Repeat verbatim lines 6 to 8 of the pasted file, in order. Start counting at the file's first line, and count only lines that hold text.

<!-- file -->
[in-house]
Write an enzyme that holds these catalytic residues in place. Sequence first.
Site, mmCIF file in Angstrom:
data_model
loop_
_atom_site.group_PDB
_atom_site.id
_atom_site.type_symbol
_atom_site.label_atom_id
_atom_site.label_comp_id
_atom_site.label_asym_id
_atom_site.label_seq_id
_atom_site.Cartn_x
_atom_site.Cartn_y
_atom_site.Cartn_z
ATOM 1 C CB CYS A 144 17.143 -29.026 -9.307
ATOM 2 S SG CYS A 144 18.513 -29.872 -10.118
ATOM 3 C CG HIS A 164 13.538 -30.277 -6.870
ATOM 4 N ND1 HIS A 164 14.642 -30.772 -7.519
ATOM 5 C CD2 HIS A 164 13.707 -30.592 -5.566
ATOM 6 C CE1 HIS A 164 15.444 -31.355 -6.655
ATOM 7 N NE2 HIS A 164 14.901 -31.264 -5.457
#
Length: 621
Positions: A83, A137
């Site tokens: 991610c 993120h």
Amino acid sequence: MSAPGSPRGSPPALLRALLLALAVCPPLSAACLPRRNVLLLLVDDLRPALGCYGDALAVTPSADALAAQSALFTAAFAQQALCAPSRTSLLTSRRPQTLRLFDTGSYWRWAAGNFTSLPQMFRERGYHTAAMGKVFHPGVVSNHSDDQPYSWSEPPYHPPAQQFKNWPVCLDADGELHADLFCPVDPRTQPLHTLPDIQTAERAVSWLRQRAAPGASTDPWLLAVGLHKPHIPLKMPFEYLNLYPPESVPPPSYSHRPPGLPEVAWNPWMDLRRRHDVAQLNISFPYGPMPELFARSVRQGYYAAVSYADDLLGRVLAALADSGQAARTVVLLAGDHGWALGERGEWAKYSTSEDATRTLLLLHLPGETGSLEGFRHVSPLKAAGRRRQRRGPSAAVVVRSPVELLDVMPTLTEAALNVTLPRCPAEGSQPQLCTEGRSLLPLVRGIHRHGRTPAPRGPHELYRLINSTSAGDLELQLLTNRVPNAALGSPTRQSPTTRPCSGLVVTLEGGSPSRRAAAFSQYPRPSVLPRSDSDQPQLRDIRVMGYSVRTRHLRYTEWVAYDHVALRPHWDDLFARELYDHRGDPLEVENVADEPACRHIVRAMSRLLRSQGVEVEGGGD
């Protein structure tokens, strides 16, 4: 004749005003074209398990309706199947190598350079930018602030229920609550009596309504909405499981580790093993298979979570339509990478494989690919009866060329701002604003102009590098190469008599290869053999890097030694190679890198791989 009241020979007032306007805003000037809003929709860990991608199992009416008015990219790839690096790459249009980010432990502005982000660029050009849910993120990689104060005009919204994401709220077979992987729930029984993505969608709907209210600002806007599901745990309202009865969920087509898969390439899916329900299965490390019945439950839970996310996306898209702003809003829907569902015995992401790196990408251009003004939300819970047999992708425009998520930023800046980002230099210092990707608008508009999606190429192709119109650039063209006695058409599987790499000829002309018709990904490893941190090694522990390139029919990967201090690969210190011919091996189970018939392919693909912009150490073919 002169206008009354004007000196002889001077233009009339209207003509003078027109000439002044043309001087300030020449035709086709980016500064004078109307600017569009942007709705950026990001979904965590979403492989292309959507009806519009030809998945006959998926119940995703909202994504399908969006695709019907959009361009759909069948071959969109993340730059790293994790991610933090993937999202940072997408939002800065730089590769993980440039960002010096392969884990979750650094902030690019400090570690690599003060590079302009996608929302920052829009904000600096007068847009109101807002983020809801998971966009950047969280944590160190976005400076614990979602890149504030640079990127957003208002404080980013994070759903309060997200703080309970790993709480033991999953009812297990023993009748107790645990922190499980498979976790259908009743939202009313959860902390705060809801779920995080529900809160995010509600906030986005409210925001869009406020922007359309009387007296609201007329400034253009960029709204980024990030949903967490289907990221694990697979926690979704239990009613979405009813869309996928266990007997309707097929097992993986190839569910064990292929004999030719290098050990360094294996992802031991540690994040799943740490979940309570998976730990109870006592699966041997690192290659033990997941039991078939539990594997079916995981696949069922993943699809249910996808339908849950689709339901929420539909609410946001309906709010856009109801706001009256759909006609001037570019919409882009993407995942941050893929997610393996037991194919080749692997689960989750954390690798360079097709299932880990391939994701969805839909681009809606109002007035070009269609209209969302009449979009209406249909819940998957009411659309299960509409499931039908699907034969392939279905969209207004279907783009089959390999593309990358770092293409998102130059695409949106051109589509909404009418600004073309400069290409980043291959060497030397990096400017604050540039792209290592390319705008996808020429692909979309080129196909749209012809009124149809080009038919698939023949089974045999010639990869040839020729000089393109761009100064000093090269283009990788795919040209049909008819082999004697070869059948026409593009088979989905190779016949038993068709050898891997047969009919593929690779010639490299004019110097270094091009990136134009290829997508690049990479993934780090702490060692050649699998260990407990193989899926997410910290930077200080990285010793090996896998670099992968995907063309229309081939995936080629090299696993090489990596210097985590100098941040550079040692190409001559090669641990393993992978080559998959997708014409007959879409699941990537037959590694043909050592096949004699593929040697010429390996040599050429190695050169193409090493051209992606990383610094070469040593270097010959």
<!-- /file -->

_atom_site.group_PDB
_atom_site.id
_atom_site.type_symbol